Wednesday, August 19, 2009

Is the LIVE MUSIC BUSINESS flawed?


As the tech world gets greater and greater, and home technology stronger, and the economy and people's spending power weaker, will people ultimately not go to see live music anymore? Do you think that live music plays a large part of people's lives? My opinion is 50/50. I'd like to hear someone elses...

4 comments:

Anonymous said...

I only make it a plan to go see live music when I know the band that's playing, whether it's an 80's band I love or a band that is always playing at a certain bar on a certain night.

I think most people have become jaded about music today and don't feel like spending $10 or $20 to see a new band is going to be worth their money.

Part of the problem may be not knowing anything about that singer or band and not knowing who they even sound like so others can have a reference as to what to expect.

David said...

Because of the state of the record industry and no definitive way to distribute digital music it's fair to assume that this will have some bearing on the live music scene and the way fans are conditioned to consume.

Albums as a cohesive package with a story line have slowly started to become more and more scarce over time. Digital downloads sold as singles have really put an end to this idea as consumers have the option to pick through albums and purchase only the songs they like. With this in mind, an Artist could set out with the intention to create an album with a structure and order for the tracks but when it goes to the market it's up to the consumers if they want to hear it as the Artist intended.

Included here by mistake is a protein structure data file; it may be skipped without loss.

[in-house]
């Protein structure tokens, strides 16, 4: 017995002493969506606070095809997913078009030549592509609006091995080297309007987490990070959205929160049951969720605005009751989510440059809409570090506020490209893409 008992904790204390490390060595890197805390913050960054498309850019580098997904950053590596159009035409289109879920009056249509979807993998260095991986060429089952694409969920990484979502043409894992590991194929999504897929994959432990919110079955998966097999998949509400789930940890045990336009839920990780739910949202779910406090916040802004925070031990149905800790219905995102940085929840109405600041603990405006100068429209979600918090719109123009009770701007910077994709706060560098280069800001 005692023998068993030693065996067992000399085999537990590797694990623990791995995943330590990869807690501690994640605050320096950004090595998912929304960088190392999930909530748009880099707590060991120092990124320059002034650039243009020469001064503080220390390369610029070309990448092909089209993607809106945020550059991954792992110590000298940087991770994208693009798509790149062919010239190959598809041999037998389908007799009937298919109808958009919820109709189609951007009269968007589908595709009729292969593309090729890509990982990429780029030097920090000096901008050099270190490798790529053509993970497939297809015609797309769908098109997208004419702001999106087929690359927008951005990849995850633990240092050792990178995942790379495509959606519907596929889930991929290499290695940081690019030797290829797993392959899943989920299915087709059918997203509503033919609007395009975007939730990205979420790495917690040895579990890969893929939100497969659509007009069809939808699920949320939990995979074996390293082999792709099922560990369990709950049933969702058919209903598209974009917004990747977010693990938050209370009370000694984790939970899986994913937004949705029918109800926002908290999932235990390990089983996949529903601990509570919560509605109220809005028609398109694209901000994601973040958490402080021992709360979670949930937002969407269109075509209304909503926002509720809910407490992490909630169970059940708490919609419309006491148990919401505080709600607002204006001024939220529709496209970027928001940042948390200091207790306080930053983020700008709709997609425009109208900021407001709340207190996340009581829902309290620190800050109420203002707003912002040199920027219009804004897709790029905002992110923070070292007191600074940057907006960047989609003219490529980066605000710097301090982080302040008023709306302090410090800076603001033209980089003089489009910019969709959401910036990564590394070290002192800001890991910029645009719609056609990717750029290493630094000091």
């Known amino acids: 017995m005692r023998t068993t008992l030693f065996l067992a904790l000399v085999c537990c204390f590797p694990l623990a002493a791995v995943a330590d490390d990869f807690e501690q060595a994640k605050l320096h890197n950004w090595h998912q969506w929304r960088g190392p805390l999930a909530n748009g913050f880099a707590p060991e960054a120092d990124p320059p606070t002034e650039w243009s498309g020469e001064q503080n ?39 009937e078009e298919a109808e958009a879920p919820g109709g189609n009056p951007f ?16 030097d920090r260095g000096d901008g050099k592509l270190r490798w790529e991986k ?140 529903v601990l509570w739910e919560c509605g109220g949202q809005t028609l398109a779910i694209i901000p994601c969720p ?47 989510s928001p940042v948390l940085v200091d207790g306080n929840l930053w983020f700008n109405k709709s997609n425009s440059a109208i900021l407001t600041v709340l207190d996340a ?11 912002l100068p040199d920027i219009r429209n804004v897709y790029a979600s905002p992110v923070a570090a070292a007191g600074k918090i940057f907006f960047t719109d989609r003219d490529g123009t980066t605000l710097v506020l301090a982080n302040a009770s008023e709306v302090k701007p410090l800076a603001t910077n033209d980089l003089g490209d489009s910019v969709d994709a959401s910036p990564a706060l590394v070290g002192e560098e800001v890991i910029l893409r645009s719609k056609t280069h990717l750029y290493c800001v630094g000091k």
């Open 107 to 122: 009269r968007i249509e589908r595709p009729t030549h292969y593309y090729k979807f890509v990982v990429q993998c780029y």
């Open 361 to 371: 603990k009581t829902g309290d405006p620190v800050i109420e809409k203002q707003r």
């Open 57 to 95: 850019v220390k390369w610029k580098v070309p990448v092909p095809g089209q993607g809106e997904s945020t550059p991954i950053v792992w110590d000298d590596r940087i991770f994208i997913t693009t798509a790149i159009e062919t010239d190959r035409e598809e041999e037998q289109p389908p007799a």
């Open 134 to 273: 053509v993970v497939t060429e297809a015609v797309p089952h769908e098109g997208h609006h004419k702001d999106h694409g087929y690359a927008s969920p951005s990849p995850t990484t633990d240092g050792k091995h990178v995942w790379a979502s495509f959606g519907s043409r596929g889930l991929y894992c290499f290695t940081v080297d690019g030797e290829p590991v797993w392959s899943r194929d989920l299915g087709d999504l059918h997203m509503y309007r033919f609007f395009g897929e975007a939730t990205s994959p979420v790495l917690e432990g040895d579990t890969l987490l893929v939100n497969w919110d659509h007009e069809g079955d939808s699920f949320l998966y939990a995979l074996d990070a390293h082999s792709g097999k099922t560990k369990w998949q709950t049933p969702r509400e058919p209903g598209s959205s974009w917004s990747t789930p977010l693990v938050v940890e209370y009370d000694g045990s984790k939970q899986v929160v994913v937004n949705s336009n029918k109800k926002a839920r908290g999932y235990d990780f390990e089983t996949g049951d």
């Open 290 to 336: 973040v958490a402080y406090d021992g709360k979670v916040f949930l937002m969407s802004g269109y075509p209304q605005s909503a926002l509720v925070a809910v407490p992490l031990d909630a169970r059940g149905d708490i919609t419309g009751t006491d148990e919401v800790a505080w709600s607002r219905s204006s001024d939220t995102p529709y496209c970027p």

Only the most die-hard fans experience the Artist's in their entirety. Most fans are just in it for the immediate gratification and never really get around to understanding what an Artist is about or why they write and record the way they do.

What does this mean for live music? Fans come to shows to hear specific tracks and Artist's do what they can to satisfy, but it's becoming harder and harder for Artist's to deliver an exciting performance when fans aren't willing to understand why they're there or what they're truly about.

Flawed? No. Evolving with the digital age? Much more likely.....

Anonymous said...

I am a sound tech for motion pictures and a live music lover. I travel all over the world. I seek out great venues for hearing/watching live music where ever I'm working. The live music business is probably "flawed", but I continue to enjoy being in a space with a good band, good food, good drinks & good people! Please keep up the good work! Thanks.

Anonymous said...

Without musicians performing in local bars or restaurants, I wouldn't have met some really great friends whose performances I now seek out. As recording fidelity becomes poorer in quality, it's usually better to see music live. The only experience that failed to hold true was seeing Donald Fagen this past year. His precision in the studio doesn't hold up live.

-Live Music Lover born in the late 70's